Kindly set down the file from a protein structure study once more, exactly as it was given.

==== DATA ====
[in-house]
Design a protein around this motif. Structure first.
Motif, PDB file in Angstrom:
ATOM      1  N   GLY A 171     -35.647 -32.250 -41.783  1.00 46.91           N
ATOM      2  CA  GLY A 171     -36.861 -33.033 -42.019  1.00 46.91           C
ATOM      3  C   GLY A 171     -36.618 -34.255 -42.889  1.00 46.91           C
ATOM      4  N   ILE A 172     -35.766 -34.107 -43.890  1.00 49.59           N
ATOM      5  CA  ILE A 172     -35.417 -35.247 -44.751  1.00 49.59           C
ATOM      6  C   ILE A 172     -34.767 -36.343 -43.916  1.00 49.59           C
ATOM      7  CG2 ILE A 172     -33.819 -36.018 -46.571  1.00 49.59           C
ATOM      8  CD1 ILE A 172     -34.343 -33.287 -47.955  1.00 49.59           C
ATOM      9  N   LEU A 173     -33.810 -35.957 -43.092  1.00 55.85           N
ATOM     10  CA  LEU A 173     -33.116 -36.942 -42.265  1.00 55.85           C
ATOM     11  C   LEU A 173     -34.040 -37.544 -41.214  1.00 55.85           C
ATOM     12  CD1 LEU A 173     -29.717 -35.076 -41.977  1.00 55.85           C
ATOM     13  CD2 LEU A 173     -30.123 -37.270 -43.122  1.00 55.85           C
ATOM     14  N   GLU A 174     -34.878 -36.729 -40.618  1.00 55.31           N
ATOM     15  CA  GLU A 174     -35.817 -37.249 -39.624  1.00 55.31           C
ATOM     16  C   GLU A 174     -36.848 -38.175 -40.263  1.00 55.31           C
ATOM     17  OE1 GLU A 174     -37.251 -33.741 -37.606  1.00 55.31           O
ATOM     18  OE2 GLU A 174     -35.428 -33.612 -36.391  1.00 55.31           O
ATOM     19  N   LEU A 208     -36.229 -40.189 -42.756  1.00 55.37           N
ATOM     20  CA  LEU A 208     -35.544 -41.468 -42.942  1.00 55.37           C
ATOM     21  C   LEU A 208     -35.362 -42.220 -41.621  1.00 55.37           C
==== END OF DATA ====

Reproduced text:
[in-house]
Design a protein around this motif. Structure first.
Motif, PDB file in Angstrom:
ATOM      1  N   GLY A 171     -35.647 -32.250 -41.783  1.00 46.91           N
ATOM      2  CA  GLY A 171     -36.861 -33.033 -42.019  1.00 46.91           C
ATOM      3  C   GLY A 171     -36.618 -34.255 -42.889  1.00 46.91           C
ATOM      4  N   ILE A 172     -35.766 -34.107 -43.890  1.00 49.59           N
ATOM      5  CA  ILE A 172     -35.417 -35.247 -44.751  1.00 49.59           C
ATOM      6  C   ILE A 172     -34.767 -36.343 -43.916  1.00 49.59           C
ATOM      7  CG2 ILE A 172     -33.819 -36.018 -46.571  1.00 49.59           C
ATOM      8  CD1 ILE A 172     -34.343 -33.287 -47.955  1.00 49.59           C
ATOM      9  N   LEU A 173     -33.810 -35.957 -43.092  1.00 55.85           N
ATOM     10  CA  LEU A 173     -33.116 -36.942 -42.265  1.00 55.85           C
ATOM     11  C   LEU A 173     -34.040 -37.544 -41.214  1.00 55.85           C
ATOM     12  CD1 LEU A 173     -29.717 -35.076 -41.977  1.00 55.85           C
ATOM     13  CD2 LEU A 173     -30.123 -37.270 -43.122  1.00 55.85           C
ATOM     14  N   GLU A 174     -34.878 -36.729 -40.618  1.00 55.31           N
ATOM     15  CA  GLU A 174     -35.817 -37.249 -39.624  1.00 55.31           C
ATOM     16  C   GLU A 174     -36.848 -38.175 -40.263  1.00 55.31           C
ATOM     17  OE1 GLU A 174     -37.251 -33.741 -37.606  1.00 55.31           O
ATOM     18  OE2 GLU A 174     -35.428 -33.612 -36.391  1.00 55.31           O
ATOM     19  N   LEU A 208     -36.229 -40.189 -42.756  1.00 55.37           N
ATOM     20  CA  LEU A 208     -35.544 -41.468 -42.942  1.00 55.37           C
ATOM     21  C   LEU A 208     -35.362 -42.220 -41.621  1.00 55.37           C